- Nauru. It used to have a very lucrative phosphate industry, which, combined with the small population of less than ten thousand people, made it one of the richest countries in the world (in 1970, it had a higher GDP per capita than Italy and Japan. No, seriously.) and the second richest in Oceania, after Australia. However, some Nauruans invested the money in wasteful foreign investment, while others didn't know what to do with it (since after all, the country literally consists of one tiny island in the middle of the Pacific) and ended up spending it on frivolous things, like theater. Eventually, the phosphate ran out and along it the steady amount of cash, leaving behind a mined-out, scarred island unsuitable for farming, forcing the country to import most goods overseas. In the span of a decade, Nauru was bankrupted.
- Robert Morris was a merchant and investor whose name was synonymous with 'wealth' during the final years of Colonial America. When the Revolutionary war came about, he took on a managerial role of the rebel army's resources, earning the unofficial title of "Financier of the Revolution". After the war, Morris, who was poised to become one of the wealthiest men in the world, engaged in aggressive land speculation, passing up on urban properties that would become central business districts to buy vast stretches of wilderness that would remain vast stretches of wilderness. His finances collapsed and his resulting stint in prison became a national embarrassment.
- H. P. Lovecraft was born into a family of wealth in Rhode Island, but by the time he entered high school, much of that wealth was gone. Starting with his father's (possibly syphilis-related) psychotic break, followed by the death of his maternal grandfather, who was the provider of most of the wealth on his mother's side of the family, the family businesses fell apart. They had to leave their large Rhode Island home and eventually moved into a small duplex. Lovecraft would later remark that this was the darkest point in his lifenote .
- Burt Reynolds filed for Charter 11 Bankruptcy in 1996, due in part to an extravagant lifestyle, a divorce from Loni Anderson, and failed investments in some Florida restaurant chains. He emerged from bankruptcy two years later.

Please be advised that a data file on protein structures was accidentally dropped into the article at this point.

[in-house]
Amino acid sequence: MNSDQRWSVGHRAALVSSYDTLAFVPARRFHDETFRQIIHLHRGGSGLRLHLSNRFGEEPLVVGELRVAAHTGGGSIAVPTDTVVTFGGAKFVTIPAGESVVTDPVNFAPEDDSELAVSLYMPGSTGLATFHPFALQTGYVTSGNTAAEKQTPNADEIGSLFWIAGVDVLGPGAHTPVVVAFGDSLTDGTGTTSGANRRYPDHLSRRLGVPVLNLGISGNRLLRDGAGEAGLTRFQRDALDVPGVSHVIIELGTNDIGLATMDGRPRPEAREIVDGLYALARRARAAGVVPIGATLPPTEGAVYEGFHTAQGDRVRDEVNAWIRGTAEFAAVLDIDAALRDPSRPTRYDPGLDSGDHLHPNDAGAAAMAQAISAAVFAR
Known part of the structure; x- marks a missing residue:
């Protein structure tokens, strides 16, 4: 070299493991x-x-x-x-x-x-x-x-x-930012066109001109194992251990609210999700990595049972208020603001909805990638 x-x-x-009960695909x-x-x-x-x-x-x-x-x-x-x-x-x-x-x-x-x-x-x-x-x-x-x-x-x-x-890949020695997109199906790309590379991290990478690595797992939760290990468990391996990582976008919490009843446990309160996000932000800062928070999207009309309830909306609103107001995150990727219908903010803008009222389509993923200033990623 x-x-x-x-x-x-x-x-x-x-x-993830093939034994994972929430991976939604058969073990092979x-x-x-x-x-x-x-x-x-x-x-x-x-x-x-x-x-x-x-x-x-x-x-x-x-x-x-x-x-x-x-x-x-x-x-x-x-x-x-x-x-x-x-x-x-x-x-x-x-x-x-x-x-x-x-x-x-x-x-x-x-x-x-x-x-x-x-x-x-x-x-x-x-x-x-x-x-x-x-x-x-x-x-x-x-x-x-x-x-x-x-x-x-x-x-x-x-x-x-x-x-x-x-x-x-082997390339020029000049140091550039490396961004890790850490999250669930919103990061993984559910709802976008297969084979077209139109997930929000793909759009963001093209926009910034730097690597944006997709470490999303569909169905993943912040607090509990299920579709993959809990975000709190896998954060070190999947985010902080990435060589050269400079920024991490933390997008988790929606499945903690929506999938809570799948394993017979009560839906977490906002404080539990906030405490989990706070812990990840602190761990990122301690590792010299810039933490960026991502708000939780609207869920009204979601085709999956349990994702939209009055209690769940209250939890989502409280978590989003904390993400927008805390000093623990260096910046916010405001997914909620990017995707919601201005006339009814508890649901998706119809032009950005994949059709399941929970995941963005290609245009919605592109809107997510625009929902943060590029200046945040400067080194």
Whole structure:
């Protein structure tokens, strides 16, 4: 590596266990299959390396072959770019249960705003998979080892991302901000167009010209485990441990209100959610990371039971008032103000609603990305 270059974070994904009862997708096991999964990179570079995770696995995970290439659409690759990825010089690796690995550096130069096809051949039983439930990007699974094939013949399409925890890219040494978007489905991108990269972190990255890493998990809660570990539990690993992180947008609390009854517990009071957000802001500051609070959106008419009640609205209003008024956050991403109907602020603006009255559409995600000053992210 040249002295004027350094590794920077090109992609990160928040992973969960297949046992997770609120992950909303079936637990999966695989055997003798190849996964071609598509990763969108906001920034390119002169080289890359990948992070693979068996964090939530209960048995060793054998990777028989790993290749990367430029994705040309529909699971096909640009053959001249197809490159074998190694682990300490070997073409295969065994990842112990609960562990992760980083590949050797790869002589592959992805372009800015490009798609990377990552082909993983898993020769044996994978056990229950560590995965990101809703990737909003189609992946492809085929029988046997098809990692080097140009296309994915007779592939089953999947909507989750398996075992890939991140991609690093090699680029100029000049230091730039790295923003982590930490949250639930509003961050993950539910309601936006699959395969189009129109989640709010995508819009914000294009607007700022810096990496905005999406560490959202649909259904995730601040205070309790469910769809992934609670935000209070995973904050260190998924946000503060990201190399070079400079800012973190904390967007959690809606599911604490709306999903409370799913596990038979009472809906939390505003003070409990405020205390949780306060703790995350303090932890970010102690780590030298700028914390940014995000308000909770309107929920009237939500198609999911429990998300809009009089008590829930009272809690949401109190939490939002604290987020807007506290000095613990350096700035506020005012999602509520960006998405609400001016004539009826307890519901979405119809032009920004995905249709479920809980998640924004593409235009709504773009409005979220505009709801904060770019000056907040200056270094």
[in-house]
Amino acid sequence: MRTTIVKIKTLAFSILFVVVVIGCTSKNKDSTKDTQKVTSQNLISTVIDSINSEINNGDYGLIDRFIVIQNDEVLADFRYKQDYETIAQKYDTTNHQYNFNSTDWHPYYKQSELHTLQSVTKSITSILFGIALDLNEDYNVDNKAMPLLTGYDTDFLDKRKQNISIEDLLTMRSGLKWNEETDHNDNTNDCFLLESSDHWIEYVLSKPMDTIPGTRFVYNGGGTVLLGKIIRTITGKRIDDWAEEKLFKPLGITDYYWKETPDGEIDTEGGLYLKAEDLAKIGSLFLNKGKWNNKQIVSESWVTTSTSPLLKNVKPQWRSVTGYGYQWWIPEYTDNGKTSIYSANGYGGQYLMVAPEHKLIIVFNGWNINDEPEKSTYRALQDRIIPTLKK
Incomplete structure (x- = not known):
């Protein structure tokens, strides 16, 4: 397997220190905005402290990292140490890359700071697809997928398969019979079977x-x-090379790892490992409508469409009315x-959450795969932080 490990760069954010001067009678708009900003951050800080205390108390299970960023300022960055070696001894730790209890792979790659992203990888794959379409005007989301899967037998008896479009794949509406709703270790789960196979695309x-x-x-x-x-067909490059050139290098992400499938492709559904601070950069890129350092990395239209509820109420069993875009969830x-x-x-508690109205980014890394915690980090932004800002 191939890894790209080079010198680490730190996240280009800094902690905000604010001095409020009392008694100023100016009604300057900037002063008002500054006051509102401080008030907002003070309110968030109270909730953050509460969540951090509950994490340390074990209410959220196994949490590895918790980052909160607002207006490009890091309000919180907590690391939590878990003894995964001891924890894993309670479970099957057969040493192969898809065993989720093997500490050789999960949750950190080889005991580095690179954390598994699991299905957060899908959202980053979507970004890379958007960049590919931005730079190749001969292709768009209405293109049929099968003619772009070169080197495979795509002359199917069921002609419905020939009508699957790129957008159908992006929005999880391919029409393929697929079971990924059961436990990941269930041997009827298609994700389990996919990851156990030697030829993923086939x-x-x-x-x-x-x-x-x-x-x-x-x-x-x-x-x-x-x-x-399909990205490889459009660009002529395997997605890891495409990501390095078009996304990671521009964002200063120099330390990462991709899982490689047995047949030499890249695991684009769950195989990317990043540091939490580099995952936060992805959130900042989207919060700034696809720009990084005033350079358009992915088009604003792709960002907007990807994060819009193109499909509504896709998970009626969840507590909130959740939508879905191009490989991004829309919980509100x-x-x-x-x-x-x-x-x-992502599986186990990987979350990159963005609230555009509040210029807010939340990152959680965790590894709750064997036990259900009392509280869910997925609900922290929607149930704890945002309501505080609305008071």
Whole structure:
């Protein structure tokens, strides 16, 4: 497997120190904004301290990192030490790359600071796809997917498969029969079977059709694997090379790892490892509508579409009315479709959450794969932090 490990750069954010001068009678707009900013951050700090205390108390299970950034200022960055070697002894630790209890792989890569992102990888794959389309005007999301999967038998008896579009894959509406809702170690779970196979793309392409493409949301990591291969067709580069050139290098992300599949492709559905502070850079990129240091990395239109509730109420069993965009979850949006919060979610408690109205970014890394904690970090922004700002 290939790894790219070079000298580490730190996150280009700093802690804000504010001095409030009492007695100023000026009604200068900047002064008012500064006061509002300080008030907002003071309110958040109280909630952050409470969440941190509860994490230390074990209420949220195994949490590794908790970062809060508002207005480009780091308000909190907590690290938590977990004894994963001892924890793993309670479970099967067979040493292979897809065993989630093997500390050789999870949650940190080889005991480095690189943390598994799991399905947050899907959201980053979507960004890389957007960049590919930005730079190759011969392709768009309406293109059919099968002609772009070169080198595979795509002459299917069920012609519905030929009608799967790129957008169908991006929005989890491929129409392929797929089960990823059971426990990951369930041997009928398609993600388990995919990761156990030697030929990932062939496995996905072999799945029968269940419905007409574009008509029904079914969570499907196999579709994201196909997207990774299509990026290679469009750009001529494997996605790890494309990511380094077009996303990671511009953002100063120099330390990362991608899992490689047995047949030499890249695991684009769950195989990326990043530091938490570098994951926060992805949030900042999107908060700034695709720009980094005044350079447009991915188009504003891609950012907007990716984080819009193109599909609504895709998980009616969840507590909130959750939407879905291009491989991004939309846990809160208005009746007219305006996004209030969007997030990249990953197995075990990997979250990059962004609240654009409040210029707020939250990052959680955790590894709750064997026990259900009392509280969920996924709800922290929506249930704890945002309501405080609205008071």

- In Billie Holiday's final years, she had been progressively swindled out of her earnings, and she died with US$0.70 in the bank and $750 ($6,446 in 2018 dollars), which was a tabloid fee, on her person.
- English comedian Jim Davidson filed for bankruptcy in 2006, having failed to keep up payments on a £1.4 million back tax bill that he had reduced to £700,000. In 2003, after a meeting with the Inland Revenue, he claimed he spent £10,000 a week on back taxes, commission to agents, maintenance and school fees, and a £2.2 million mortgage. He spent so much money on his four divorces, that he joked that the reason he's with his current wife is that he can't afford another divorce.
- Gary Glitter declared bankruptcy twice in 1977 and the 1990s over unpaid taxes. He claimed this was because "someone didn't fill in the right forms".
- Corey Haim nearly went broke after he pulled out of the film Paradise Bar in 1996. He was sued by Lloyd's of London for $375,000 for failing to disclose his drug addiction as a pre-existing medical condition on the insurance form. Haim filed for Chapter 11 bankruptcy protection in July 1997. He ended up living back home with his mother. He died with very little money, and his mother initially announced that the cost of his funeral would be covered by public funds provided by the city of Toronto as is customary in destitute cases.
- Fatty Arbuckle's career was ruined by a scandalous murder trial, even though he was found innocent. At the time of his acquittal, Arbuckle owed over $700,000 (equivalent to approximately $10,500,000 in 2018 dollars) in legal fees to his attorneys for the three criminal trials, and he was forced to sell his house and all of his cars to pay some of the debt.
- Irish snooker player Alex "Hurricane" Higgins, once worth £4 million, died penniless and living on a £200-a-week disability allowance.
- Paul Catterole of S Club 7 declared bankruptcy in 2014 and was reduced to selling his Brit Awards on Ebay, saying "there are bills to pay". When he appeared as a guest on Loose Women, he thanked the producers for giving him a shirt to wear. His bandmate Jo O'Meara appeared on Celebrity Big Brother because she was in danger of having her house repossessed.
- Abz Love of Five also appeared on Celebrity Big Brother because he was reduced to living with his aunt and later put his Brit Awards up on Ebay.
- Kerry Katona of Atomic Kitten was declared bankrupt at the High Court in London in 2008 after failing to pay the final £82,000 of a £417,000 tax bill. After losing her Iceland contract, her magazine column, and her MTV shows, Katona suffered further financial setbacks. In December 2009, she received a repossession order on her £1.5 million home, having not paid her mortgage in months.
- In 2013, she filed for bankruptcy at County Court in Wigan.